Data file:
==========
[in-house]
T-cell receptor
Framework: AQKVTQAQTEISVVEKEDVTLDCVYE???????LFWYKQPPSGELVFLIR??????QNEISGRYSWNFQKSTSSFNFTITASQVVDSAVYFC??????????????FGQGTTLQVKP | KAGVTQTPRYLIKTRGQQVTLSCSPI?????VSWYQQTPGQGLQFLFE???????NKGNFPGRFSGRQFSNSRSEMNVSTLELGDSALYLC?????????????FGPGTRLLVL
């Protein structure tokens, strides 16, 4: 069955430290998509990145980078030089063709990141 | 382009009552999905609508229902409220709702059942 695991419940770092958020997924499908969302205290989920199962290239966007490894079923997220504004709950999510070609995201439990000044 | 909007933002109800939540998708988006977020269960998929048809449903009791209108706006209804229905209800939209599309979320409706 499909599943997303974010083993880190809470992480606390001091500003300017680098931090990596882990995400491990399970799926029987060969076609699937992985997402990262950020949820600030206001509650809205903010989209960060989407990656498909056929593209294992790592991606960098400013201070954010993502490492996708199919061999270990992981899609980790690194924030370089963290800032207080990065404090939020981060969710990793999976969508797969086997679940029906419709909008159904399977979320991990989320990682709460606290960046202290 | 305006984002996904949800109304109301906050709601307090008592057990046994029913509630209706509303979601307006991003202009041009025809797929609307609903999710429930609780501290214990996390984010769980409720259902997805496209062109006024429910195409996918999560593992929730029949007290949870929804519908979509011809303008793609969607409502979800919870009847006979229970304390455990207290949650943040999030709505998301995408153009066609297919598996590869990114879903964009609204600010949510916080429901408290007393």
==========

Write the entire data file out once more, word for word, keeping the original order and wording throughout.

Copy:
[in-house]
T-cell receptor
Framework: AQKVTQAQTEISVVEKEDVTLDCVYE???????LFWYKQPPSGELVFLIR??????QNEISGRYSWNFQKSTSSFNFTITASQVVDSAVYFC??????????????FGQGTTLQVKP | KAGVTQTPRYLIKTRGQQVTLSCSPI?????VSWYQQTPGQGLQFLFE???????NKGNFPGRFSGRQFSNSRSEMNVSTLELGDSALYLC?????????????FGPGTRLLVL
């Protein structure tokens, strides 16, 4: 069955430290998509990145980078030089063709990141 | 382009009552999905609508229902409220709702059942 695991419940770092958020997924499908969302205290989920199962290239966007490894079923997220504004709950999510070609995201439990000044 | 909007933002109800939540998708988006977020269960998929048809449903009791209108706006209804229905209800939209599309979320409706 499909599943997303974010083993880190809470992480606390001091500003300017680098931090990596882990995400491990399970799926029987060969076609699937992985997402990262950020949820600030206001509650809205903010989209960060989407990656498909056929593209294992790592991606960098400013201070954010993502490492996708199919061999270990992981899609980790690194924030370089963290800032207080990065404090939020981060969710990793999976969508797969086997679940029906419709909008159904399977979320991990989320990682709460606290960046202290 | 305006984002996904949800109304109301906050709601307090008592057990046994029913509630209706509303979601307006991003202009041009025809797929609307609903999710429930609780501290214990996390984010769980409720259902997805496209062109006024429910195409996918999560593992929730029949007290949870929804519908979509011809303008793609969607409502979800919870009847006979229970304390455990207290949650943040999030709505998301995408153009066609297919598996590869990114879903964009609204600010949510916080429901408290007393």